“We’re more productive when we do yoga and meditate regularly,” she adds. The couple used to think they had to be self-sacrificing to work as farmers. She points out that, like many organic farmers, they often cared more for the environment than themselves. She now realizes that taking care of mental health isn’t a weakness. It’s “like putting on your own oxygen mask before you assist others,” she says.
Dealing with forces beyond control
Duley recalls anxiety being par for the course growing up on a farm. “It just seemed to be part of the business and was just a natural piece of life as a farmer,” she says. “Now that my brother has assumed the family’s farming business, this hasn’t changed.” As a psychotherapist working in a rural community, she sees more of the same, especially in the face of increasing climate-related challenges.
Managing uncertainty is an important ingredient in bolstering mental health as a farmer. The future of agriculture in Canada may be uncertain as the effects of climate change rear their ugly head, but there are ways to cope with uncontrollable stressors. Planning and preparing ahead are two approaches Duley recommends to farmers she works with. She also tasks farmers with finding ways to nurture their emotional health and lower their stress levels. For Jenkins, for example, it’s practicing yoga daily.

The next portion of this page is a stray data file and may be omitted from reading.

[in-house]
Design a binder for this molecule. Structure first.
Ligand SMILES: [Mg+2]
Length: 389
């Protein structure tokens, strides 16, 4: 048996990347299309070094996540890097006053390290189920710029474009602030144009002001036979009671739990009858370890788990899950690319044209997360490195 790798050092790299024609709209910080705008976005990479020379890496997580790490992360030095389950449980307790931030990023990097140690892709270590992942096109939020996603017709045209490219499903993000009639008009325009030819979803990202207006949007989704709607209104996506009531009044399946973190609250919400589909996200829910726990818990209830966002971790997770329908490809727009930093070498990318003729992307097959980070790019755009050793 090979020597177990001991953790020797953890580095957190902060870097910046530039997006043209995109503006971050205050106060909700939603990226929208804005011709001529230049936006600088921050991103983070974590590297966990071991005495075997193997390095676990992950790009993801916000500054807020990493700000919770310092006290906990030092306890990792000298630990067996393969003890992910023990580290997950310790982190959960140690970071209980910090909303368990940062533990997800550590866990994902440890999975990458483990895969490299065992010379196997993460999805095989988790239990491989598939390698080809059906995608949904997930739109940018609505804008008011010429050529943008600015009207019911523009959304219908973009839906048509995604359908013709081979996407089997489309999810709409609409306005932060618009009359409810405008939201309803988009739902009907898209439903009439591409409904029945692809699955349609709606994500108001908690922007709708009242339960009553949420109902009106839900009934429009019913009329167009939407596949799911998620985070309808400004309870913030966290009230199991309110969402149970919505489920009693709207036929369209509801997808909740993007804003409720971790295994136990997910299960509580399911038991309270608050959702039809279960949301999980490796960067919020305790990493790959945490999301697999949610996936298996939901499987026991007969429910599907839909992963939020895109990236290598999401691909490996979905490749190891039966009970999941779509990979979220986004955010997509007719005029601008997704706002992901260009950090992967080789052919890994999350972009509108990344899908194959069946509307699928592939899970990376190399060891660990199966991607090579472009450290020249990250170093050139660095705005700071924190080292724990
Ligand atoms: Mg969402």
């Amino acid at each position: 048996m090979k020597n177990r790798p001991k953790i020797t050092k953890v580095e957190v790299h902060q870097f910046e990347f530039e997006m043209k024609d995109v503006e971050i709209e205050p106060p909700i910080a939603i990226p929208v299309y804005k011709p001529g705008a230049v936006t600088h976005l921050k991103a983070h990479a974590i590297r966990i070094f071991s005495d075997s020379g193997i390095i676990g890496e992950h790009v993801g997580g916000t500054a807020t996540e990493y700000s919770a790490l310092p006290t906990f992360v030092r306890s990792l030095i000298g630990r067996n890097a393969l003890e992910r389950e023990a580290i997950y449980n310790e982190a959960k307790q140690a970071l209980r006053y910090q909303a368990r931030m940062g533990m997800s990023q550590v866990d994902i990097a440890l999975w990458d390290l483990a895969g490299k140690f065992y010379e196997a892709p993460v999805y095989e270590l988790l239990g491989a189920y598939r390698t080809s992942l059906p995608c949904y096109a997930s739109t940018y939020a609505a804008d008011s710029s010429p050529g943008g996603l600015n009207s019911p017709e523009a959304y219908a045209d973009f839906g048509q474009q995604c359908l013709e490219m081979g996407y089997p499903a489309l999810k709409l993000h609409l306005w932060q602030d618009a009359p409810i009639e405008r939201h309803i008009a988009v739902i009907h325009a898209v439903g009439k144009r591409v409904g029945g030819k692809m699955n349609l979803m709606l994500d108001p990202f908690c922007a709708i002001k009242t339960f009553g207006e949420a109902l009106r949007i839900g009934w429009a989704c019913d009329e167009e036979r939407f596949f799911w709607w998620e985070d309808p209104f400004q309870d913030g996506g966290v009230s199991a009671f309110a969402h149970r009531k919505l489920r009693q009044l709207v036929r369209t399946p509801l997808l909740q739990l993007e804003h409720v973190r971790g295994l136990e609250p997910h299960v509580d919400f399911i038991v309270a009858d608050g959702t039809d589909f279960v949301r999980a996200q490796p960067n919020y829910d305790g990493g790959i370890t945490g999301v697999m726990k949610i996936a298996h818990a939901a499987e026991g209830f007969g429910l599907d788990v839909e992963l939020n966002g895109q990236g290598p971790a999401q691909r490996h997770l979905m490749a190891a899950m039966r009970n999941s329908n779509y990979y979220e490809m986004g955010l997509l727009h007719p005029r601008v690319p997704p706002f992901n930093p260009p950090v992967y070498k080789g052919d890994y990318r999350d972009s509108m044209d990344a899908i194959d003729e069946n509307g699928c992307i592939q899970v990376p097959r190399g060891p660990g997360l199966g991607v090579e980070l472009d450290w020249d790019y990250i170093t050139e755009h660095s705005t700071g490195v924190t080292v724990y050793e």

When anxiety and stress levels reach a boiling point, Reynolds suggests that the hardest but most helpful strategy is focusing on things you can control. And when something devastating does occur, Duley explains that knowing how to reframe thoughts is crucial: “Yes, this flooding is going to do some damage, but it’s early in the season, and I have time to figure it out.”